Stopping Family Violence Update


In collaboration with DCPFS, SFV has aided in the completion of the project plan for the implementation of NOSPI in WA.

The project plan is part of an ongoing process to strengthen safety for victims, accountability for perpetrators, and help define roles and responsibilities within the FDV systems response.  This will support identification and responses to perpetrators, keeping them within view of the system, especially in terms of ongoing risk assessment and risk management.

Target Outcomes of the Project Plan:

  • Improved awareness, and identification of strategies to address gaps between NOSPI and service providers’ current role in perpetrator response work.
  • Increased understanding of responsibilities and linkages with regard to the NOSPI, including strengthening information sharing, data collection and collaborative working.
  • Increased understanding of training required for the implementation of the NOSPI.


SFV Consultations and NOSPI

SFV engaged in a comprehensive consultation process with service providers across the community services sector including drug and alcohol agencies, justice, law, housing, child protection, community men’s support groups, agencies working with CALD clients, Aboriginal Specific agencies, psychologists, Men’s Behaviour Change Programs (MBCP) providers, Women’s Council for Domestic and Family Violence Services, specialist women and children’s FDV services, and WA Police, with NOSPI being on the focus of the discussions.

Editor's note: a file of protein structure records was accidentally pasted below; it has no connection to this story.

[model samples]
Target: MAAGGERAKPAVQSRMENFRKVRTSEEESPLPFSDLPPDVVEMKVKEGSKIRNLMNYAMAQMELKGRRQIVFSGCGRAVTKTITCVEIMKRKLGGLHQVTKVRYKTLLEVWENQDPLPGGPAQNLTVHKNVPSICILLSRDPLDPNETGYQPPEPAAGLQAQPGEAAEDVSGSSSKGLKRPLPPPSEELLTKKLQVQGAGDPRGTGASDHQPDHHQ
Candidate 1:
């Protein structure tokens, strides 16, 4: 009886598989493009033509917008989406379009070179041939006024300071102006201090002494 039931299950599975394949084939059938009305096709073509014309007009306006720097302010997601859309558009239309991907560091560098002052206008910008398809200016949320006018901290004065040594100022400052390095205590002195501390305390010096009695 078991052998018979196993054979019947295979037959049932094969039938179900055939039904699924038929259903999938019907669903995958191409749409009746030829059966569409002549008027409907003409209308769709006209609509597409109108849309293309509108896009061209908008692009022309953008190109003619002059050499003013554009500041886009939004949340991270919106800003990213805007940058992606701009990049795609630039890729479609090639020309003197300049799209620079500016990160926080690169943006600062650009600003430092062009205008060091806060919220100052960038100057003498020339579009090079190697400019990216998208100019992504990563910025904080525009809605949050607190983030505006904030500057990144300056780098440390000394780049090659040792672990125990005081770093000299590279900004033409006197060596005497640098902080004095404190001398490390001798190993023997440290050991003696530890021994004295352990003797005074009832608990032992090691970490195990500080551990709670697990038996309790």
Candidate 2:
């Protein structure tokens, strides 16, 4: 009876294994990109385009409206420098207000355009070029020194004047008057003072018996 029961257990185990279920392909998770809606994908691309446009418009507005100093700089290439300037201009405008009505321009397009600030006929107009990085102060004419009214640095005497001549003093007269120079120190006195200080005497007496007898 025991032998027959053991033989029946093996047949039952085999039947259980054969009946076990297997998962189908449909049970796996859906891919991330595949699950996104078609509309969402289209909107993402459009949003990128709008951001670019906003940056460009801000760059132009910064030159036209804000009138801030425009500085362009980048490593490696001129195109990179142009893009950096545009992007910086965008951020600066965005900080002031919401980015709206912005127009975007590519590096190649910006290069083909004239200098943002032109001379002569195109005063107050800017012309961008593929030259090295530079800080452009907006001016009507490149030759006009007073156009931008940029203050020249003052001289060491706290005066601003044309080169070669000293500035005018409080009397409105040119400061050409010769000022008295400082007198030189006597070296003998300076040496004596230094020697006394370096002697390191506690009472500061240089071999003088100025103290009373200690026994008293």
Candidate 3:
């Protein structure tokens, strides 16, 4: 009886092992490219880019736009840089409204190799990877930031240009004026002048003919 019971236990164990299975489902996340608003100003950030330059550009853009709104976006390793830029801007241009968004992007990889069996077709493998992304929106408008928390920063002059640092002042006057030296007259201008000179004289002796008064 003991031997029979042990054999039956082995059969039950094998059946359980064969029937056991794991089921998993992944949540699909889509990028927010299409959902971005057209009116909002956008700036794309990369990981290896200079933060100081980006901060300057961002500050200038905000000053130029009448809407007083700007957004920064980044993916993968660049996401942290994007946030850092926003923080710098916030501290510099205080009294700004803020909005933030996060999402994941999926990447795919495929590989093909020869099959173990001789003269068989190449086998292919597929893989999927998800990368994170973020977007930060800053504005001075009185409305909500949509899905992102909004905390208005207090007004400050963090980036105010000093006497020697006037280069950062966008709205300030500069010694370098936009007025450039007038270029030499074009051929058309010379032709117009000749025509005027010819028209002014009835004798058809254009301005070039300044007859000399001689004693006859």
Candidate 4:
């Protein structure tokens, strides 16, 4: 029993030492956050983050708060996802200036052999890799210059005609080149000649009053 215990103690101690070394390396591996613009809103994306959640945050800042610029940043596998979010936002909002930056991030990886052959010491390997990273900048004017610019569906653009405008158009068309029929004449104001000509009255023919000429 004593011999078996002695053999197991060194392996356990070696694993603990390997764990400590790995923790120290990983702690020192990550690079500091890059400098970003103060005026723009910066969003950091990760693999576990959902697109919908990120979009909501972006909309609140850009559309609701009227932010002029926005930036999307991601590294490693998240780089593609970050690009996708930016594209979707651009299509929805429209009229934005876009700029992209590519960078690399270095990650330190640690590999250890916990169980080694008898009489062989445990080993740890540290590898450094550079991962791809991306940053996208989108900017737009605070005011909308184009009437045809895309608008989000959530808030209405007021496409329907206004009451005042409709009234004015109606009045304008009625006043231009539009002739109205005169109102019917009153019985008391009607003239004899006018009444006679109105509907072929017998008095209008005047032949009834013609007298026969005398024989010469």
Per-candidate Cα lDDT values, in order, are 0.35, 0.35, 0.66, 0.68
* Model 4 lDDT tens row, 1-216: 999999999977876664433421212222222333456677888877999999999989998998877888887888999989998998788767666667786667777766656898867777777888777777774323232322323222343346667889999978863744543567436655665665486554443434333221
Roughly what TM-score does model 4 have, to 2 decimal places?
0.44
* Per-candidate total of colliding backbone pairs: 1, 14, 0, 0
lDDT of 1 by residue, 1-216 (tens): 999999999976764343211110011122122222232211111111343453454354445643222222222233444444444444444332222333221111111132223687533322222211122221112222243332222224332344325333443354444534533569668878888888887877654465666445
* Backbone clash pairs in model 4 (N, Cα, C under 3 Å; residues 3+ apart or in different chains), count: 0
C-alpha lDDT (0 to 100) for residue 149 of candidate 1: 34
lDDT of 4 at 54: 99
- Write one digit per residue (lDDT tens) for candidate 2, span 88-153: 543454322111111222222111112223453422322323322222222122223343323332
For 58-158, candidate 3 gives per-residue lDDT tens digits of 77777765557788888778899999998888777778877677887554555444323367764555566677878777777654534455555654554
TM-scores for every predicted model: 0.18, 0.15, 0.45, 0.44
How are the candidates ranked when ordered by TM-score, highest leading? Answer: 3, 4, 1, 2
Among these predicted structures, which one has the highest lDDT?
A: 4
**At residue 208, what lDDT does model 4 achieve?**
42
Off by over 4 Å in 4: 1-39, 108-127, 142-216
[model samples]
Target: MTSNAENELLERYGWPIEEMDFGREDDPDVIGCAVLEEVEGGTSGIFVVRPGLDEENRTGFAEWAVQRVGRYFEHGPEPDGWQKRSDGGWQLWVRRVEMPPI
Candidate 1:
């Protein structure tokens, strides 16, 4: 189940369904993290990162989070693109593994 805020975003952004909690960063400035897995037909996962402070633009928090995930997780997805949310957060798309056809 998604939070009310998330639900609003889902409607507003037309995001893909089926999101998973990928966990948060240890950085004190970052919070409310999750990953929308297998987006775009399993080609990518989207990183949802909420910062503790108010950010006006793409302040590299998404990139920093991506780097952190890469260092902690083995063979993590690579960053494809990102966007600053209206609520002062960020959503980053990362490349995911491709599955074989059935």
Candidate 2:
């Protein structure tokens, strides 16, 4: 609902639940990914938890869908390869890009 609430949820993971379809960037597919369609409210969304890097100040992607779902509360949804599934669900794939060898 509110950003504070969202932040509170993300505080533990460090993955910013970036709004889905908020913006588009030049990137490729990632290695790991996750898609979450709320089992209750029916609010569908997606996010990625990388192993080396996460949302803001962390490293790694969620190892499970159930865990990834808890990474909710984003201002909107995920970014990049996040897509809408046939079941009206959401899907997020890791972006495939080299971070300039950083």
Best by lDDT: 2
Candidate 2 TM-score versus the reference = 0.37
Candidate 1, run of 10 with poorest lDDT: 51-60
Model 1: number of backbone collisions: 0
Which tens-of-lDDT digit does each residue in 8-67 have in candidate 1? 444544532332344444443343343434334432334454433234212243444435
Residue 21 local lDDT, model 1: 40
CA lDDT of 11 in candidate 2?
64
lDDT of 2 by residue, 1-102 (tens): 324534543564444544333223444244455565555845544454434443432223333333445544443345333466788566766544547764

SFV’s consultations leading up to the report highlighted specific improvements and opportunities for perpetrator interventions, including:

  • The need for an increased awareness across agencies around the NOSPI themselves but also about the availability and accessibility of MBCPs.
  • The need for a continual improvement of positive working relationships across agencies.
  • Training for staff in both targeted and non-targeted perpetrator interventions.
  • Improved assessment of risk for both harm to the victim and potential harm from the perpetrator.
  • Improved data collection systems and training for service providers.
  • Flexibility and scope of MBCP in both metropolitan and regional areas.

Relationship Development

  • SFV are now a part of the Humanitarian Entrants Interagency Network (HEIN) meetings which meet bi-monthly. The meetings focus on participating agencies increasing their knowledge of services available for CALD communities.
  • SFV and Holyoke (AOD sector) are working collaboratively to develop ways to hold perpetrators accountable. In doing so SFV will be providing a one day training event for Holyoke staff. The training will focus on how to work with perpetrators of FDV in an AOD context. This will include how to ask “difficult questions” and how to build rapport and motivation for change when working with a perpetrator and strategies to avoid collusion and perpetrator disengagement. It will also examine and unpack the similarities and differences around substance use and violence focusing on the commonality that both behaviours are ultimately a choice. Other topics will include referral pathways for specialist services and what follow up needs to consider in these collaborations. The training will also consider and unpack the correlation between substance abuse and FDV and explore the complexity from an evidence based perspective. Finally, the training will also emphasise and explore the importance of always maintaining a victim focus in any work with Perpetrators and understanding the impact on women and children.
  • SFV has been working with WAPOL to develop training for new recruits on how best to interact with perpetrators and create opportunities for intervention. The team also provided input into scripts which have been recorded by actors to represent perpetrators of FDV.
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